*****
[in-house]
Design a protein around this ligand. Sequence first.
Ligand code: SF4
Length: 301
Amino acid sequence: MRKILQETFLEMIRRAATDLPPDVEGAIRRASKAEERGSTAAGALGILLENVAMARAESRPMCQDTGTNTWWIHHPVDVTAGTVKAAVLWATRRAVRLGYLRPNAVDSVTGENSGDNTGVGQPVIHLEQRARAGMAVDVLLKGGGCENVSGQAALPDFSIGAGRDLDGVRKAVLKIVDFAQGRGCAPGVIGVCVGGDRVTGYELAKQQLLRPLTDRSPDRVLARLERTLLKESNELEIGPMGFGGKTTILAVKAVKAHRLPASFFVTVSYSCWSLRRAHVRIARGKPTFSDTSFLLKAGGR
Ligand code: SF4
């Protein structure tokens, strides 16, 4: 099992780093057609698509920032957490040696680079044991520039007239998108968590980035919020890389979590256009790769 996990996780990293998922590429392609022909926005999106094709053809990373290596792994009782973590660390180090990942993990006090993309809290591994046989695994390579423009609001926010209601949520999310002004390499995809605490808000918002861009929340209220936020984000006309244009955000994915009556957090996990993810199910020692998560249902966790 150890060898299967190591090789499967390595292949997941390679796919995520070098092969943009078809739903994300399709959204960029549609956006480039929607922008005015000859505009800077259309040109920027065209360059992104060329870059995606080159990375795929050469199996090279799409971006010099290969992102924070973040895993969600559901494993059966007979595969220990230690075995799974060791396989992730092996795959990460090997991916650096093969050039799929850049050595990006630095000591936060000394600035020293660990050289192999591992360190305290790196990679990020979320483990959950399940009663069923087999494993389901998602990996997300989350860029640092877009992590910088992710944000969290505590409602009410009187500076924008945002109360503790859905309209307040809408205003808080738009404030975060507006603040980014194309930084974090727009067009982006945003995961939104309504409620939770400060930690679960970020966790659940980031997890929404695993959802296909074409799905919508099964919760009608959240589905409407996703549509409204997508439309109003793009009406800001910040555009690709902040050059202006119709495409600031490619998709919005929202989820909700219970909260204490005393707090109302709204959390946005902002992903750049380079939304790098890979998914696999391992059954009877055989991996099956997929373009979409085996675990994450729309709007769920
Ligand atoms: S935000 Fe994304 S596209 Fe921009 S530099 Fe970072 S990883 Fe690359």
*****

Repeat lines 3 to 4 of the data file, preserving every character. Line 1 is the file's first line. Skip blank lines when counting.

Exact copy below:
Ligand code: SF4
Length: 301